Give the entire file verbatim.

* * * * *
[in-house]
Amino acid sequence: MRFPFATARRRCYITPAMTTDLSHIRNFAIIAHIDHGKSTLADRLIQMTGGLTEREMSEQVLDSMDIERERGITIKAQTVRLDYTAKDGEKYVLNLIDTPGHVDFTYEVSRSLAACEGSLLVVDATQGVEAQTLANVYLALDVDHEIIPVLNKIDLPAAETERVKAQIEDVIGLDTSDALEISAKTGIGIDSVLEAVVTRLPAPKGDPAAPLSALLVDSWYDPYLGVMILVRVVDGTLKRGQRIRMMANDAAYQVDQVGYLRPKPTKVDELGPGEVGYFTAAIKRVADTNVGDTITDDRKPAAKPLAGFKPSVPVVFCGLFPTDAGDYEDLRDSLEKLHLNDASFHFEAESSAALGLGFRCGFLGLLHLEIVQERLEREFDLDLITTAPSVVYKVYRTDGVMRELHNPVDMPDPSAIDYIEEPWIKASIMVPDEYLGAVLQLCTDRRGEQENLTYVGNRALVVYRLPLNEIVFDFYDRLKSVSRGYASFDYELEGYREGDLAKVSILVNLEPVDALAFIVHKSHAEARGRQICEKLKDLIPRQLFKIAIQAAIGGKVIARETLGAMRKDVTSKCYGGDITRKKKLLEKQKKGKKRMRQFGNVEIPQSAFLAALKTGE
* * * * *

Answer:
[in-house]
Amino acid sequence: MRFPFATARRRCYITPAMTTDLSHIRNFAIIAHIDHGKSTLADRLIQMTGGLTEREMSEQVLDSMDIERERGITIKAQTVRLDYTAKDGEKYVLNLIDTPGHVDFTYEVSRSLAACEGSLLVVDATQGVEAQTLANVYLALDVDHEIIPVLNKIDLPAAETERVKAQIEDVIGLDTSDALEISAKTGIGIDSVLEAVVTRLPAPKGDPAAPLSALLVDSWYDPYLGVMILVRVVDGTLKRGQRIRMMANDAAYQVDQVGYLRPKPTKVDELGPGEVGYFTAAIKRVADTNVGDTITDDRKPAAKPLAGFKPSVPVVFCGLFPTDAGDYEDLRDSLEKLHLNDASFHFEAESSAALGLGFRCGFLGLLHLEIVQERLEREFDLDLITTAPSVVYKVYRTDGVMRELHNPVDMPDPSAIDYIEEPWIKASIMVPDEYLGAVLQLCTDRRGEQENLTYVGNRALVVYRLPLNEIVFDFYDRLKSVSRGYASFDYELEGYREGDLAKVSILVNLEPVDALAFIVHKSHAEARGRQICEKLKDLIPRQLFKIAIQAAIGGKVIARETLGAMRKDVTSKCYGGDITRKKKLLEKQKKGKKRMRQFGNVEIPQSAFLAALKTGE